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March 1992

Endocapsular Hematoma

Author Affiliations

Oklahoma City, Okla

Arch Ophthalmol. 1992;110(3):318. doi:10.1001/archopht.1992.01080150016004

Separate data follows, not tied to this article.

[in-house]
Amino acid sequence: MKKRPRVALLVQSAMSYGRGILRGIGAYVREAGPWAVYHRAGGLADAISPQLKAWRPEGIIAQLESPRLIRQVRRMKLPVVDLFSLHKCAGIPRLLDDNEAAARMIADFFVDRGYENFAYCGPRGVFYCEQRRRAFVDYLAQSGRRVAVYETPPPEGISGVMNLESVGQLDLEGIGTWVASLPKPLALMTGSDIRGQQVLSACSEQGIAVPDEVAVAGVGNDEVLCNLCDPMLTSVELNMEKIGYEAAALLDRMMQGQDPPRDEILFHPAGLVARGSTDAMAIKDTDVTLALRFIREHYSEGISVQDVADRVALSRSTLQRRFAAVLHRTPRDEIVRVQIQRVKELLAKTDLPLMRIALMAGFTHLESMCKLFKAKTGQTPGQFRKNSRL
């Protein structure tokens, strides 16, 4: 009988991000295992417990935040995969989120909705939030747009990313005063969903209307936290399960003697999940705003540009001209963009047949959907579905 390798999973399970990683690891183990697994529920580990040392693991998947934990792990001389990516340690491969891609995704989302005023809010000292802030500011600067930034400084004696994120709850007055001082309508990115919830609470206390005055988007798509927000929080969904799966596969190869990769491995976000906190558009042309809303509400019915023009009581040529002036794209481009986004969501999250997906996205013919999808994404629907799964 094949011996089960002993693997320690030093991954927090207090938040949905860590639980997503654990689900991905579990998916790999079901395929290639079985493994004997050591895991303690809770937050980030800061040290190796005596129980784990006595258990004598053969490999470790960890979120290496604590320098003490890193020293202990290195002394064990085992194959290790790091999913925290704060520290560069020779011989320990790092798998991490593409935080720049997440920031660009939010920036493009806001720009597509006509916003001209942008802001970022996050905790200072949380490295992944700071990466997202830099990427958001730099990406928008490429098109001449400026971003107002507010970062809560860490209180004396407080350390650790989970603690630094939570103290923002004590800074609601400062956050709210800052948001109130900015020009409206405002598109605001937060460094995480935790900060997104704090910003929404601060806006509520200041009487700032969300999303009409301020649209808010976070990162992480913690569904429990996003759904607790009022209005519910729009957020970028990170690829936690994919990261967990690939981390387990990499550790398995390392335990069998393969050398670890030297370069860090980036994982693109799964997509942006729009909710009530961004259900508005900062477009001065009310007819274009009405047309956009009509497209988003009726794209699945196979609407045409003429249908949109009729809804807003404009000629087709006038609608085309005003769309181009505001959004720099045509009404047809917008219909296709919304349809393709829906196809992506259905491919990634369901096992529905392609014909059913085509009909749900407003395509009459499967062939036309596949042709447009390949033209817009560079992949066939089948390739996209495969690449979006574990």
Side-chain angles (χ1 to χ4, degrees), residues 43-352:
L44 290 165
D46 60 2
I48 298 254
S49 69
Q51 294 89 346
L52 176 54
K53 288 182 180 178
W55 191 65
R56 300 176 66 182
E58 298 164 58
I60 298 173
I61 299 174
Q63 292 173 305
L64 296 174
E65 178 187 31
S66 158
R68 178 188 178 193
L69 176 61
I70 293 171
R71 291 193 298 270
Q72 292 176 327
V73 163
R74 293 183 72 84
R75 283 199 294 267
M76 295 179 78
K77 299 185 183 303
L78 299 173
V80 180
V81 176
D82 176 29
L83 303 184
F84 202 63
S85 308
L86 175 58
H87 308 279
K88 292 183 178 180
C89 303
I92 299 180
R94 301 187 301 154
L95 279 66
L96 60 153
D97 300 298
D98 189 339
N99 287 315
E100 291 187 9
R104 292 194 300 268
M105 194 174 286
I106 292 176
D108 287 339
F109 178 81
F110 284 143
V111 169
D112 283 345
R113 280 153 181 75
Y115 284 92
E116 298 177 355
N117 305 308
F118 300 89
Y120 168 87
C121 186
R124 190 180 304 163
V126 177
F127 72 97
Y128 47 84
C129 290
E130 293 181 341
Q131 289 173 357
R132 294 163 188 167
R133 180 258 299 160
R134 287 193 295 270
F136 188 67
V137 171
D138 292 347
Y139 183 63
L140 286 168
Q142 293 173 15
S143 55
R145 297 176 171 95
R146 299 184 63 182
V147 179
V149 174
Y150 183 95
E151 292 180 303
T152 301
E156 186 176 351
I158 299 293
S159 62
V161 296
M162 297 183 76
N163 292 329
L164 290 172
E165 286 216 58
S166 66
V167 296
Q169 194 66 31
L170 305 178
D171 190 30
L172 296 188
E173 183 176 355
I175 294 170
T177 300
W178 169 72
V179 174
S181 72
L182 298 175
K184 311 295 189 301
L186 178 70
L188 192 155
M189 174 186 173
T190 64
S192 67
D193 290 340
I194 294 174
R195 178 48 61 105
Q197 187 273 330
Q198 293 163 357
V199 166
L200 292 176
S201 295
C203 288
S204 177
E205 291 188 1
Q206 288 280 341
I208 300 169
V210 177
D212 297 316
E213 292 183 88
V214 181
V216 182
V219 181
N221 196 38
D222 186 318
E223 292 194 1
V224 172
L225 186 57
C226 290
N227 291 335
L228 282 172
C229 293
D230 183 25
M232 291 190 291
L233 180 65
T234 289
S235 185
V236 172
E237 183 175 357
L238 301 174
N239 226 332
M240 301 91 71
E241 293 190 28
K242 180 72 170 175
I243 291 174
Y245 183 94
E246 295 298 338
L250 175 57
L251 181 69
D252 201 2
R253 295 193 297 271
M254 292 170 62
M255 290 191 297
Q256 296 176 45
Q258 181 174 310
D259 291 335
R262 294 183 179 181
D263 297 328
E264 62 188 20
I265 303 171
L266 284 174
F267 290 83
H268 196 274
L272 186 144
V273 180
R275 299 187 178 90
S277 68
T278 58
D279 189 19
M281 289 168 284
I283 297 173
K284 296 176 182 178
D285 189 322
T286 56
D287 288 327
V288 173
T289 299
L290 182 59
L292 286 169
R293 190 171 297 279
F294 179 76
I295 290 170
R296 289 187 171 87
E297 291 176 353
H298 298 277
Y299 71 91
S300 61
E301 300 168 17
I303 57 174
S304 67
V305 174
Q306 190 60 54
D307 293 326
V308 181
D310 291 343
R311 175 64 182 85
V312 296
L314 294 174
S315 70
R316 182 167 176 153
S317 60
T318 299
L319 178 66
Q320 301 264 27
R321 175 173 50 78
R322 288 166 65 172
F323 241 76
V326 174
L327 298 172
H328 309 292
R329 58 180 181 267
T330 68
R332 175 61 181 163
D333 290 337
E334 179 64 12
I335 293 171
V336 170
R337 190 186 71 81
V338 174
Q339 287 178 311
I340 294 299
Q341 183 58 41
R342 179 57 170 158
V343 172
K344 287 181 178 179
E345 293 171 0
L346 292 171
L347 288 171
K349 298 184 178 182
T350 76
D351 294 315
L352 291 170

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To the Editor.  —The description and treatment of blood on the anterior surface on the posterior capsule reported by Hagan and Gaasterland is of great interest. I have had two similar cases that I termed posterior capsule blood staining. Both events followed phacoemulsification and intraocular lens insertion using a small incision. One of the procedures was combined with a trabeculectomy. In that case, there was a documented rise in intraocular pressure to 35 mm Hg in addition to hyphema. Both cases involved the implantation of a biconvex posterior chamber lens and required neodymiumYAG capsulotomy. Based on the slit-lamp examination and the appearance of the capsule following neodymium-YAG capsulotomy, the blood appeared to be on the anterior surface of the posterior capsule as opposed to being trapped between the posterior surface of the intraocular lens and the anterior surface of the posterior capsule. One may assume that the etiology of this

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